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The Doctor Dancer

Back to Issue | December 2020

A Balancing Act

“…Oh, so you are an actual doctor too ?”

  “…Well, yes..”

“…like a male nurse? Homeopathy?…An Ayurvedic doctor maybe?”

“No. I am a general practitioner of Allopathy.”


“Oh, so what dance do you do?”


“Oh in your spare time right? Good hobby…”

“(With a smile) No, dance is way more than a hobby for me.”

“So, do you also do western dance? Why don’t you try doing a reality show? Is this what you do for a living? There must be a lot of money you are making.”

And the conversations go on…

The truth is – I do whatever I need to do to remain sane and happy. Let me explain. I am sure a lot of doctor-dancers, as I call them, would be able to relate to what I am about to say. For that matter, anyone with a dual passion/profession will be able to resonate with what I’m going to say. 

Yes, we stride two boats. It is not that one leg is in each boat, and the boats are drifting away from each other. We steer them both with a delicate and challenging balancing act.

My story is simple – I need to dance in order to stay sane and to function as a proper citizen and doctor. That we do this doesn’t mean it isn’t demanding and challenging. To serve, to try and heal or be the conduit for healing grace is a purpose larger than the self. It is humbling and gratifying, but it is also terrifying and draining. But we do it because while it puts dual pressure on us, it also gives us dual pleasure. But there is constant work and no space or time for unnecessary irritants – we choose our battles, relationships, and conversations carefully. 

Both these aspects of me have never been mutually exclusive. I tend to seamlessly slide into between these two roles. I have had to do a hundred meter sprint to reach rehearsal or class, and then rush from there directly to the clinic or vice versa. My bag always contains work and dance clothes. There are times when I have to take important work calls during a class or rehearsal. And there are instances at work, wherein my head the choreography or the music from rehearsal/class is running steady.

As a dancer, working with different dance companies comes with it’s own set of requirements. Each choreographer has a distinctive way of approaching dance. For me, it is always a learning curve. My experiences with working for the Ameya Repertory (under my Guru Chitra Dasarathy) and Vyuti Dance Company (Aranyani Bhargav) are very starkly different in the challenges they present to me, and the learning I have taken away from them. I have toured with both the companies – Morocco, Senegal, Malawi, and several stages around India. I am grateful, to say the least. 

So what are my most significant learnings from this experience of duality in my dance and work?

From my experience, dance is as much a science as medicine is. Both require a knowledge of the human body, an understanding of the human mind, and practice. Also common to both are basic skills like body awareness and alignment – soushtavam is a concept well addressed in the Natyashastra, recognizing improper dance techniques and rectifying them, working on the core areas of the body/specific weaker muscle groups are things we need to know something about both as doctors and dancers. As dancers, we additionally need to know scientific methods of warming up and stretching before and after dancing.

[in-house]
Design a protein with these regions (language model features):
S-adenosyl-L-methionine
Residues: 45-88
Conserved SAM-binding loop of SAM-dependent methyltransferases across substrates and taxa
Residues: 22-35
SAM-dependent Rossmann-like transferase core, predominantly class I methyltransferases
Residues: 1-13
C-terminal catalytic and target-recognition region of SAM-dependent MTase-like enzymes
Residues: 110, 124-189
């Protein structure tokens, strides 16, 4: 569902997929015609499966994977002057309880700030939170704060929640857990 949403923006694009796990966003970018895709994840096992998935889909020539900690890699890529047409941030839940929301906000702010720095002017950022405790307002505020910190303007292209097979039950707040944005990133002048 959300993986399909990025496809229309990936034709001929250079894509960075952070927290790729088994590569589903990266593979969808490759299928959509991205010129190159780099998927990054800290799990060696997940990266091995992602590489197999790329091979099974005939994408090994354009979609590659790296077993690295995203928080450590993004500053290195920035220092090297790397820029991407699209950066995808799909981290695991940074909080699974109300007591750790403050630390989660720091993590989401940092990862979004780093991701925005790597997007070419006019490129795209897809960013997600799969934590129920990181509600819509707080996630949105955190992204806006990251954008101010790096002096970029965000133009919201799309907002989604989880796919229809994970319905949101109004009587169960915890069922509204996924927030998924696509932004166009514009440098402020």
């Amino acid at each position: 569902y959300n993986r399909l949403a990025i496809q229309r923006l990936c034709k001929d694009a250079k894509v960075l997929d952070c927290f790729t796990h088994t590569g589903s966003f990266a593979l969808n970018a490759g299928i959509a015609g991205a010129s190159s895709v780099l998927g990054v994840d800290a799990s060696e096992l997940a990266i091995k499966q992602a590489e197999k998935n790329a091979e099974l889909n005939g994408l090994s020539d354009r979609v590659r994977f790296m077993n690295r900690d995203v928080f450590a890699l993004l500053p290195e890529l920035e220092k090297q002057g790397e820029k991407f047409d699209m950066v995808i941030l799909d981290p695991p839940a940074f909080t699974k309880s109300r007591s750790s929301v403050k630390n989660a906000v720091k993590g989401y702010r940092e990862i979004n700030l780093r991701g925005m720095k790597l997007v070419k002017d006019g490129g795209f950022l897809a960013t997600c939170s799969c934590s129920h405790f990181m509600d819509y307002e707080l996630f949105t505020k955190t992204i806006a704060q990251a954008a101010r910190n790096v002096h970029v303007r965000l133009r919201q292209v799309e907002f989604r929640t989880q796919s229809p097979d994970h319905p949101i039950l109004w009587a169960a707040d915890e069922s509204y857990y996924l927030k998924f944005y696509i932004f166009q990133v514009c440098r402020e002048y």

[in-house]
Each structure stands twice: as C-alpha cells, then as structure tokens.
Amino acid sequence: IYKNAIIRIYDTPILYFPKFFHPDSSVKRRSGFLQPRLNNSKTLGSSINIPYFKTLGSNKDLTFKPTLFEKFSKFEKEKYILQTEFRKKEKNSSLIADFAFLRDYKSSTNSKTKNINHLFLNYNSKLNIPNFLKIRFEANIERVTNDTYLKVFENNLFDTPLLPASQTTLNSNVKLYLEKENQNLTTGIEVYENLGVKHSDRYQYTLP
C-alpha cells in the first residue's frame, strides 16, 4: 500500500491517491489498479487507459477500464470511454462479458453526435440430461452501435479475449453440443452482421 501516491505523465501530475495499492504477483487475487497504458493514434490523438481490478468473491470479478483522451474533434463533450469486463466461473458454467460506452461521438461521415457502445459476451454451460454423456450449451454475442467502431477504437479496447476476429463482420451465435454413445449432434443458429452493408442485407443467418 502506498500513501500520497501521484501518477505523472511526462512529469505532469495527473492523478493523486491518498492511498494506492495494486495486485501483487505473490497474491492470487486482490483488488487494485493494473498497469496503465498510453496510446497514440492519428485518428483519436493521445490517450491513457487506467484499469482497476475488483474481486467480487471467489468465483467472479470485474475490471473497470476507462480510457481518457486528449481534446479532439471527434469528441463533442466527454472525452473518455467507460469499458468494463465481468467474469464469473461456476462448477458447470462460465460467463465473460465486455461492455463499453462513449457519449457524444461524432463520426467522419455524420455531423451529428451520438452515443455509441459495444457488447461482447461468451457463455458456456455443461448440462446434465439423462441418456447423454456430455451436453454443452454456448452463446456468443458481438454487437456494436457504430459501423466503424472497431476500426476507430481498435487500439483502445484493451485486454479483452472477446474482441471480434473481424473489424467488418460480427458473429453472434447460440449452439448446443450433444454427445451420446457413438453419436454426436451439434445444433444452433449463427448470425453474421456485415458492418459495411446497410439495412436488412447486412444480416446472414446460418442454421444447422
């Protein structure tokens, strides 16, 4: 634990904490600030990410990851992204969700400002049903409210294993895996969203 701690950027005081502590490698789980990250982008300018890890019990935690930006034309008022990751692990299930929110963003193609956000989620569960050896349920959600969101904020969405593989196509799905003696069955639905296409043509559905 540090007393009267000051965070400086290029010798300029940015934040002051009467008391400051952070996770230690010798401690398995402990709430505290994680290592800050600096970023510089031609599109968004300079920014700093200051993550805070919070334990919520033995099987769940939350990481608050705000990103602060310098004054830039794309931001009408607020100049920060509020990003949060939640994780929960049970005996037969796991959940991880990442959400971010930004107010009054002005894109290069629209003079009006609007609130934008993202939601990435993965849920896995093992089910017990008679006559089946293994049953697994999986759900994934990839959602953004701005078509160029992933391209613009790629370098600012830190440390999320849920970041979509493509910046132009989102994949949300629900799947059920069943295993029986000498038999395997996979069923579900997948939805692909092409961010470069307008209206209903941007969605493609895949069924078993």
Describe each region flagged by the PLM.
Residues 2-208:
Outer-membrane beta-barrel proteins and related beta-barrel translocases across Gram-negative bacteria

Nutrition is also important – for dance, pre and post class/rehearsals, and generally for your overall health and wellbeing. A well-balanced approach. 

Third, immediate injury management concerns me as a dancer and a doctor too. Injury prevention is best. If it has happened, how to manage it better. And God forbid if it is grave – the knowledge to rehabilitate well. I learnt and advise that patience is a virtue well-exercised here. 

Injuries are an unfortunate part of the journey of many dancers. As much as we despise it, we realize we need to be better equipped at handling it. Gone are the days when injury spelt doom or the end of dancing for good, as are the days of the advice “Rest, take painkillers and you’ll be fine”. As practitioners and teachers of dance – let us realize we need to get past older schools of thought – it is not ok to power through an injury, it is not ok to be propagating the wrong technique – accepting the limits of the human body and working around it is much wiser. Tune in to the body’s wisdom…listen carefully.

My background in medicine is often useful in helping my fellow dance classmates or company dancers with their immediate medical concerns. I am usually the unofficial team Doctor on the rehearsal floor, on tour, and even otherwise. I am affectionately called Dr. Vyuti. Almost everyone at Vyuti has reached out to me at some point or another for medical advice or help. I try to give back to dance with medicine, everything that dance has given to me. 

At the end of the day, dance has made me a better person and doctor, and medicine has made me a better dancer – my story is of course constantly evolving, but it is my lifelong pursuit.

Dr. Tony Aloysius Pius

Dr. Tony Pius is a graduate from St. John’s Medical College, Bangalore. He has trained in Contemporary Dance at Attakkalari Centre for Movement Arts and Mixed Media. Currently under the tutelage of Guru Chitra Dasarathy, he also holds an MFA in Bharatanatyam from Sastra University. Tony performs as a soloist and has been an active member of Vyuti Dance Company and Ameya Repertory. Instagram: @piuspossible

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